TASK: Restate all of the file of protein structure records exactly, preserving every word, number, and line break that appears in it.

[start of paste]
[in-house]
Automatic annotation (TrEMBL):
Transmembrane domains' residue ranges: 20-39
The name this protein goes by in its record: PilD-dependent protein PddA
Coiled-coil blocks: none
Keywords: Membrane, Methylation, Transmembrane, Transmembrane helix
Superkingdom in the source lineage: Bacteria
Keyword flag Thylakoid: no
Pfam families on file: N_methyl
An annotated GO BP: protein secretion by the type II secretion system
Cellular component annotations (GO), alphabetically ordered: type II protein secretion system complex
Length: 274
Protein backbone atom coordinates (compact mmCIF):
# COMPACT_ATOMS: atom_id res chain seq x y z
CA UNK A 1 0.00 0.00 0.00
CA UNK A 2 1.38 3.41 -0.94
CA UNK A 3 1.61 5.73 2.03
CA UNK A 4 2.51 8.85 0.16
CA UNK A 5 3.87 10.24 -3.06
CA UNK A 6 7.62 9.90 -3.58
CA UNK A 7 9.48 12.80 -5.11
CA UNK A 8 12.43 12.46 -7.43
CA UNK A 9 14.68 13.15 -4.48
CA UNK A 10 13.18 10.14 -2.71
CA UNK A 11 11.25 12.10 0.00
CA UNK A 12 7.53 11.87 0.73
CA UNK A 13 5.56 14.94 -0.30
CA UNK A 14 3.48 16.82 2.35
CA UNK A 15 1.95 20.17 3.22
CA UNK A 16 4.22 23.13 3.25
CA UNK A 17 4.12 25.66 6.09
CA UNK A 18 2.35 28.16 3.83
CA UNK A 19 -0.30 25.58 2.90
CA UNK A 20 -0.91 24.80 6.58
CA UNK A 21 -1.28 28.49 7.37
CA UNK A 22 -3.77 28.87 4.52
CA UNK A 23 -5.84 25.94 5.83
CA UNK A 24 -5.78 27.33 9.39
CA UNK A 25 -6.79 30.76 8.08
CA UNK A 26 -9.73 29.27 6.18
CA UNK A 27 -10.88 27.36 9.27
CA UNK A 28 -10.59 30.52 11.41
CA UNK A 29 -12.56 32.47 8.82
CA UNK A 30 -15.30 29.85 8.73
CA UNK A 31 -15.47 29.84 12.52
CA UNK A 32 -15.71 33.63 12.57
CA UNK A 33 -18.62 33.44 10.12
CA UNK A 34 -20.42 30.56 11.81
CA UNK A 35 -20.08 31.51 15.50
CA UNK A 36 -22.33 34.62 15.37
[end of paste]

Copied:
[in-house]
Automatic annotation (TrEMBL):
Transmembrane domains' residue ranges: 20-39
The name this protein goes by in its record: PilD-dependent protein PddA
Coiled-coil blocks: none
Keywords: Membrane, Methylation, Transmembrane, Transmembrane helix
Superkingdom in the source lineage: Bacteria
Keyword flag Thylakoid: no
Pfam families on file: N_methyl
An annotated GO BP: protein secretion by the type II secretion system
Cellular component annotations (GO), alphabetically ordered: type II protein secretion system complex
Length: 274
Protein backbone atom coordinates (compact mmCIF):
# COMPACT_ATOMS: atom_id res chain seq x y z
CA UNK A 1 0.00 0.00 0.00
CA UNK A 2 1.38 3.41 -0.94
CA UNK A 3 1.61 5.73 2.03
CA UNK A 4 2.51 8.85 0.16
CA UNK A 5 3.87 10.24 -3.06
CA UNK A 6 7.62 9.90 -3.58
CA UNK A 7 9.48 12.80 -5.11
CA UNK A 8 12.43 12.46 -7.43
CA UNK A 9 14.68 13.15 -4.48
CA UNK A 10 13.18 10.14 -2.71
CA UNK A 11 11.25 12.10 0.00
CA UNK A 12 7.53 11.87 0.73
CA UNK A 13 5.56 14.94 -0.30
CA UNK A 14 3.48 16.82 2.35
CA UNK A 15 1.95 20.17 3.22
CA UNK A 16 4.22 23.13 3.25
CA UNK A 17 4.12 25.66 6.09
CA UNK A 18 2.35 28.16 3.83
CA UNK A 19 -0.30 25.58 2.90
CA UNK A 20 -0.91 24.80 6.58
CA UNK A 21 -1.28 28.49 7.37
CA UNK A 22 -3.77 28.87 4.52
CA UNK A 23 -5.84 25.94 5.83
CA UNK A 24 -5.78 27.33 9.39
CA UNK A 25 -6.79 30.76 8.08
CA UNK A 26 -9.73 29.27 6.18
CA UNK A 27 -10.88 27.36 9.27
CA UNK A 28 -10.59 30.52 11.41
CA UNK A 29 -12.56 32.47 8.82
CA UNK A 30 -15.30 29.85 8.73
CA UNK A 31 -15.47 29.84 12.52
CA UNK A 32 -15.71 33.63 12.57
CA UNK A 33 -18.62 33.44 10.12
CA UNK A 34 -20.42 30.56 11.81
CA UNK A 35 -20.08 31.51 15.50
CA UNK A 36 -22.33 34.62 15.37